Saturday hunts change Thanksgiving
Pennsylvania’s firearm deer season is underway, though with a significant change from recent decades.
Hunters took to the woods the Saturday after Thanksgiving rather than Monday, for the first time since 1963.
The change was implemented to increase the number of hunters enjoying the season, according to Pennsylvania Game Commission officials after the decision was made this past spring. Saturday offers fewer work and school conflicts, so logically, an extra Saturday means more hunters, and more successful hunts.
It also means re-arranging the holiday weekend. For many, Saturday and even Sunday after Thanksgiving is spent sighting in guns, preparing tree stands and getting hunting clothing out of storage. It may even mean moving into camp in preparation for opening day.
This year, those important tasks were crunched into hours between turkey dinners and first light on Saturday morning. It may have meant altering family meals and other traditions like choosing a tree, decking the halls, or starting holiday shopping.
And for football fans, it meant choosing between a day looking for deer or an afternoon of watching Nittany Lions or Panthers.
Businesses dealt with the change as well. Some retailers had to rethink the timing of lonely deer sales. (Not necessarily a bad thing with the season opener falling on Shop Small Saturday). Tree farms were considering safety factors for those who cut-their-own on hillsides adjacent to hunting grounds, but lodging and camping properties, restaurants, and others who cater to hunters must appreciate the extra Saturday of patronage.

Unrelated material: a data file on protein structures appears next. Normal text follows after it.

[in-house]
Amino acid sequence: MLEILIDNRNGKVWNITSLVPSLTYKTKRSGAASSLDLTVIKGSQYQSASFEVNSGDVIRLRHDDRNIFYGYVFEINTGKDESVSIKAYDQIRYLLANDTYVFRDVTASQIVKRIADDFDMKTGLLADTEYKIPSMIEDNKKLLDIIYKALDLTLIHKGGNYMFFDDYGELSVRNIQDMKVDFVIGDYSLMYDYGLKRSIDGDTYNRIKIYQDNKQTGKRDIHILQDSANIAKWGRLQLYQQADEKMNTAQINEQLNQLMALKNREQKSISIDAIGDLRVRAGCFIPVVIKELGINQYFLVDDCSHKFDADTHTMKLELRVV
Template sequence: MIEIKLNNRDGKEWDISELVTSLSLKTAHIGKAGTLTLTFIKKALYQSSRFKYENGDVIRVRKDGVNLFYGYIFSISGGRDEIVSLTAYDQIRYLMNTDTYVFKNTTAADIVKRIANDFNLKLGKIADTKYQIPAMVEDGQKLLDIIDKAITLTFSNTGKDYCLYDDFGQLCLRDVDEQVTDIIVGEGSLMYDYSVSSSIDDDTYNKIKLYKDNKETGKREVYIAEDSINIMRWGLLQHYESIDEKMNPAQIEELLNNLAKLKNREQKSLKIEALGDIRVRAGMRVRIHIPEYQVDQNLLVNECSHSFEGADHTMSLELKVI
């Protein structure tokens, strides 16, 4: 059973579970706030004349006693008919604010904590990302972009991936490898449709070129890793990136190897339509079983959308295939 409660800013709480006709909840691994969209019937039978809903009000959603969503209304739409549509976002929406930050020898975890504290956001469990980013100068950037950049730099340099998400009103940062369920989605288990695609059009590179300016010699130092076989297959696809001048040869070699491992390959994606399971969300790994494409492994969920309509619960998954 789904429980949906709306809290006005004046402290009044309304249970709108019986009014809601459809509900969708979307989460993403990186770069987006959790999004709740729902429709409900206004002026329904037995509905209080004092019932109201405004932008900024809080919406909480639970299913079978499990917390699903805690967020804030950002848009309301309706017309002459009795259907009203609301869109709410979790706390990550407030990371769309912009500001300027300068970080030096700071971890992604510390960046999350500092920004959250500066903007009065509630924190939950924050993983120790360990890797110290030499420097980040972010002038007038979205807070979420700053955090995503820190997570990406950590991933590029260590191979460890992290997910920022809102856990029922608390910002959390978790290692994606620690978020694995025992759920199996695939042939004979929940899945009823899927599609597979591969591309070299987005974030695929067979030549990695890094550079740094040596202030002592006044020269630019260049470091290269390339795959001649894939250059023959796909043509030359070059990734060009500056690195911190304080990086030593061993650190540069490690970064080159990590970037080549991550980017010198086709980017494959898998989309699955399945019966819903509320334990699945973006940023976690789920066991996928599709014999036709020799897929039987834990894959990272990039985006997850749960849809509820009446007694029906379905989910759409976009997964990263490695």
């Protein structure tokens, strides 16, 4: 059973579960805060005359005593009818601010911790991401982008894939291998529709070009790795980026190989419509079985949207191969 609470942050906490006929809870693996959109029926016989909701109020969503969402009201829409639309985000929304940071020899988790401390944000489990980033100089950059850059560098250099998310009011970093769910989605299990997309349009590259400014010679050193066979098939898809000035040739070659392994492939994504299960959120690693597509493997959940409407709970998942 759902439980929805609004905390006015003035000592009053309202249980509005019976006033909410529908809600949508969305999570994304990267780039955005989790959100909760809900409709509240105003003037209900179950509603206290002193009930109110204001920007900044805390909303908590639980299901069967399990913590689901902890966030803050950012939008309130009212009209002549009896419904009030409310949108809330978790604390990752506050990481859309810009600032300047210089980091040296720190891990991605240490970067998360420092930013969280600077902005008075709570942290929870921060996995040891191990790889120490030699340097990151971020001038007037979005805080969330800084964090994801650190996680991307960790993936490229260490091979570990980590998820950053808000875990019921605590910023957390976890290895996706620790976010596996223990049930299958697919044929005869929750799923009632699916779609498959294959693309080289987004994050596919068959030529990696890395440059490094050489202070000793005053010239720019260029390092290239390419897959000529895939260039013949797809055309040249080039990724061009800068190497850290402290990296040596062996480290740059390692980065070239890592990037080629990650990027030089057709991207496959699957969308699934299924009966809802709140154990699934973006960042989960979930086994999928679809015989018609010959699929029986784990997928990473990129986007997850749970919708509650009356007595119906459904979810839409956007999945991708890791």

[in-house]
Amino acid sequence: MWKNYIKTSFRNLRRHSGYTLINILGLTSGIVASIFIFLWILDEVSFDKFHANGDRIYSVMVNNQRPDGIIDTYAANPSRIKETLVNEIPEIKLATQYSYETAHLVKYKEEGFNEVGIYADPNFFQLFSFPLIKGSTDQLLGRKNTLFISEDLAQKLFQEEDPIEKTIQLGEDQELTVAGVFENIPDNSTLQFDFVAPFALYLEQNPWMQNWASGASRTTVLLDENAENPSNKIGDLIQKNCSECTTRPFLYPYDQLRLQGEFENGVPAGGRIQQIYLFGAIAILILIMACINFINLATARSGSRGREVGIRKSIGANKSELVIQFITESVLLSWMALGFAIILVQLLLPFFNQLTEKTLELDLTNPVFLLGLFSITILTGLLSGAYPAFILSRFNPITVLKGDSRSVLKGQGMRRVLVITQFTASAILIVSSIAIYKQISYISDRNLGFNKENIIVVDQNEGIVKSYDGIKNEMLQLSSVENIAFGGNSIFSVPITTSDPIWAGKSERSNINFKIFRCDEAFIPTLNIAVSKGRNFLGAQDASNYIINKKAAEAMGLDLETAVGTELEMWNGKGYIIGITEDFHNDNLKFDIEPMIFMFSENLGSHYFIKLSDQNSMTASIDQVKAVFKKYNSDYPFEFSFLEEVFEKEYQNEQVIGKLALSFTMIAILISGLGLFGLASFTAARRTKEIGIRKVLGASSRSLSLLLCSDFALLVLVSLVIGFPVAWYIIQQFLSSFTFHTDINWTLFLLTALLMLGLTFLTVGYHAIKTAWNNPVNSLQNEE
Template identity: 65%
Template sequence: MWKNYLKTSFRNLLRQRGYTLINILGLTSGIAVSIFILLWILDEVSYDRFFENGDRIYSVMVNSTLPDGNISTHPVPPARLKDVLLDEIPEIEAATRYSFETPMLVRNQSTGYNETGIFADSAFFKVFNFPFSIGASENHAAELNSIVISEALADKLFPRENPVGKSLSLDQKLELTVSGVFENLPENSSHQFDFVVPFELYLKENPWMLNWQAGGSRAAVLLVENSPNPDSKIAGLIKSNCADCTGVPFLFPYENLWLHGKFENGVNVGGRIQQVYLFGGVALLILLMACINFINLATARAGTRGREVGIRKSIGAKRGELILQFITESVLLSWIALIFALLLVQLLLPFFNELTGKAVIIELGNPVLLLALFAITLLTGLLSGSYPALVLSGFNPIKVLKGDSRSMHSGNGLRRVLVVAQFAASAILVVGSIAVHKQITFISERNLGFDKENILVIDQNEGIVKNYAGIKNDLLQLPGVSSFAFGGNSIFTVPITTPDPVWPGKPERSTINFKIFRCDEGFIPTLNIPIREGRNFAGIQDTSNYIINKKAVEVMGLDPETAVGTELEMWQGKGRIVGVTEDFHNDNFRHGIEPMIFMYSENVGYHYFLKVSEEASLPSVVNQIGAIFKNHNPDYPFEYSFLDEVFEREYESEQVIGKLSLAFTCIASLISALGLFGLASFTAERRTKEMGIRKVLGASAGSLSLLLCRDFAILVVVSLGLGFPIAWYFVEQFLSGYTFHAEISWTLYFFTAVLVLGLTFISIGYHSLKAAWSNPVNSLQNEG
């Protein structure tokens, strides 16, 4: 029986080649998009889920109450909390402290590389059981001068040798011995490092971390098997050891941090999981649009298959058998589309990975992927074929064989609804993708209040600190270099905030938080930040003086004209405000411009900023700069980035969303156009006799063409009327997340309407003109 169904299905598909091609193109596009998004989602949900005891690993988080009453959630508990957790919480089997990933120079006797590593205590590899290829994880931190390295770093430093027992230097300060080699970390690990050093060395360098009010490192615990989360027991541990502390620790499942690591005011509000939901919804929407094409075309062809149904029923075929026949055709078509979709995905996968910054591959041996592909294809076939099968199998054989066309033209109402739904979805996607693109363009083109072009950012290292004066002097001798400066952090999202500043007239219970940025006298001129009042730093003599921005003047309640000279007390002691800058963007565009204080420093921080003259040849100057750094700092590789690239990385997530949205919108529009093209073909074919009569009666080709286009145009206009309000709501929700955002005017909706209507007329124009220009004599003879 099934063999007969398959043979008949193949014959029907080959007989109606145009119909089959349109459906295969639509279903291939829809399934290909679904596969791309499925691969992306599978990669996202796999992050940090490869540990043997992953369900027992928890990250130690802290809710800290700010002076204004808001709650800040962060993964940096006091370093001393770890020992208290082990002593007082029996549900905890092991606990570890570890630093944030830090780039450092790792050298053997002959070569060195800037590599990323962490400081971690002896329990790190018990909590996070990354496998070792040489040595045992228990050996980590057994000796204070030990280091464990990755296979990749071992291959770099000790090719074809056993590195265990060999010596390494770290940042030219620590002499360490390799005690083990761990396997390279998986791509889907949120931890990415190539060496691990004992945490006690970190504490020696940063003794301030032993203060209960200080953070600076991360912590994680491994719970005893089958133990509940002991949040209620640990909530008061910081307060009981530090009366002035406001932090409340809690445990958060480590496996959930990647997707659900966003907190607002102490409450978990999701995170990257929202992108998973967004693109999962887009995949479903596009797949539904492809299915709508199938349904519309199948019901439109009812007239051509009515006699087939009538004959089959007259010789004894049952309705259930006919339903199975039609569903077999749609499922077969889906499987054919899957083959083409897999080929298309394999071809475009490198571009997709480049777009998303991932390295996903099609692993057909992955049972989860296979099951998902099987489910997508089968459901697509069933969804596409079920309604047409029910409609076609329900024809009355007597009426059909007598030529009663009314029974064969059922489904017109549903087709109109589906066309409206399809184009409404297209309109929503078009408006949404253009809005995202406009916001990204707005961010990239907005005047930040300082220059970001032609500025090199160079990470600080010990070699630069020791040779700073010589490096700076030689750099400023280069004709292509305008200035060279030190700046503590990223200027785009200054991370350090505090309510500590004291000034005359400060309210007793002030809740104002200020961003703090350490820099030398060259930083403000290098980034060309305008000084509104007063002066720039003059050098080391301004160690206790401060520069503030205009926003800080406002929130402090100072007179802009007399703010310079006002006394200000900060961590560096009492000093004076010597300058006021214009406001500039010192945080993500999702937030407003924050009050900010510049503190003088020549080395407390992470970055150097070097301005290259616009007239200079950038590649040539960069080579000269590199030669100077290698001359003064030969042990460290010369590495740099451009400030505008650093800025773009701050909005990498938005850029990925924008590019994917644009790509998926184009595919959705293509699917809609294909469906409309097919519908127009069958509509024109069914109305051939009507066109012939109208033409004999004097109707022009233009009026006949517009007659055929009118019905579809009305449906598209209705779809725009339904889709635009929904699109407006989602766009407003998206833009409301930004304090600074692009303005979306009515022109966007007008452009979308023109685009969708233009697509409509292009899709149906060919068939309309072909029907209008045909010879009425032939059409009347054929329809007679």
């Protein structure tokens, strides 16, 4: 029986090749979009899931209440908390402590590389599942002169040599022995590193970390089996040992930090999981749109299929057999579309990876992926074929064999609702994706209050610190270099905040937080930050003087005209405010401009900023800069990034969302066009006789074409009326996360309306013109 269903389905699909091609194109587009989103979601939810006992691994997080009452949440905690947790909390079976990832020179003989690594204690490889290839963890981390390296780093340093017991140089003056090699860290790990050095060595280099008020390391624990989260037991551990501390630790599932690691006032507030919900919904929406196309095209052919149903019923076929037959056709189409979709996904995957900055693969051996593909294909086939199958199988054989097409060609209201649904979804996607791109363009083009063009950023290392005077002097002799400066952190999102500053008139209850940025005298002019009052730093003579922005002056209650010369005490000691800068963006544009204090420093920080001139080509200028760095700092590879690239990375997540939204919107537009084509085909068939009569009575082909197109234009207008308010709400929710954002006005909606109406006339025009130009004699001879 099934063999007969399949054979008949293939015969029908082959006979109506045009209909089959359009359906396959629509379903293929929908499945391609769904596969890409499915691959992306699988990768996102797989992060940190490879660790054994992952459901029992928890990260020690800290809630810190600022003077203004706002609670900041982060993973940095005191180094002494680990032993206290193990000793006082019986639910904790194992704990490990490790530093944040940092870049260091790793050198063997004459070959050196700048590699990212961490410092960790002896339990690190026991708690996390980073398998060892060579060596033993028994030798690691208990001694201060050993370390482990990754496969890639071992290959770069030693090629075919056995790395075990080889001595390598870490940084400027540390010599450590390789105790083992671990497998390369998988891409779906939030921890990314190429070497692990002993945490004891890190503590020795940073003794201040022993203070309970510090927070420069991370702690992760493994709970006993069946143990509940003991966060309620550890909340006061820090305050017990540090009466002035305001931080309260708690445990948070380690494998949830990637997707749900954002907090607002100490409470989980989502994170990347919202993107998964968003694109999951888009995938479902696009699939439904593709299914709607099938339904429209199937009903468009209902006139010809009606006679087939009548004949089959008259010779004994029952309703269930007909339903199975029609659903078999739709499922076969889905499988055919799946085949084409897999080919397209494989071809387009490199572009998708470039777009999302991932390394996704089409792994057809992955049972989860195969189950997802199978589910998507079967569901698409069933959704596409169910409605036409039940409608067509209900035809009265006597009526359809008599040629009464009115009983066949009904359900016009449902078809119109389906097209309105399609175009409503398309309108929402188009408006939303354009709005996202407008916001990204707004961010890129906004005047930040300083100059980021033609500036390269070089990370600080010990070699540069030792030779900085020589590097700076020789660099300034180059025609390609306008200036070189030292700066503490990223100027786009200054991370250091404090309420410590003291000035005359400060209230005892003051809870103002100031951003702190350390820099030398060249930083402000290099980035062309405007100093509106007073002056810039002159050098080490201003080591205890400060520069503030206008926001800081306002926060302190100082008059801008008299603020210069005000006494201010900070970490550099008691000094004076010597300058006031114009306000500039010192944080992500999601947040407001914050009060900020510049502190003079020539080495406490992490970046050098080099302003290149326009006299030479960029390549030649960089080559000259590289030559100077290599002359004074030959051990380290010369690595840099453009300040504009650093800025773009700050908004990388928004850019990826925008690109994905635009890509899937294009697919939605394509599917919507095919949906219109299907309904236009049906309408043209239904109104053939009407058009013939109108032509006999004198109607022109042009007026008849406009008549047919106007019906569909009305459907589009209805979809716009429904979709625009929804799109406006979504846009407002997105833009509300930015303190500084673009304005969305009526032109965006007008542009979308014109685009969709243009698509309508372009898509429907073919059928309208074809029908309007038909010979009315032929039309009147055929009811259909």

Doing some unscientific research around dinner tables and on the streets, hunters had mixed reaction to the change. Some simply didn’t like disrupting the tradition. Many hunters don’t remember a time when Monday wasn’t the start of the season. Only those over 69 years old were legal to hunt in 1962, the year before the season was set to start on Thanksgiving Monday.
But others appreciated the “bonus” day, when they didn’t have to burn a vacation day to enjoy one of their favorite pastimes. A third Saturday of deer season was a gift to them.
For those who preferred Monday’s opener, some said they “had” to go out on Saturday because the more hunters that are in the woods to move the deer around, the better their chances.
Others liked the break between Saturday and Monday hunts to enjoy Thanksgiving leftovers, and recharge for their second day in the woods.
This year was a test-run.
The Game Commission will consider hunters’ input as they consider whether to keep the Saturday opener for 2020 and beyond. And time will tell if the harvest was significantly impacted by the early start.
Making Saturday’s opener permanent would mean making new traditions. But if it also makes new hunters in a time when the average hunter’s age is getting larger and the number of hunters smaller, it may be worth adapting to change.
Kellie Goodman Shaffer can be reached at firstname.lastname@example.org. Her column appears on Tuesdays.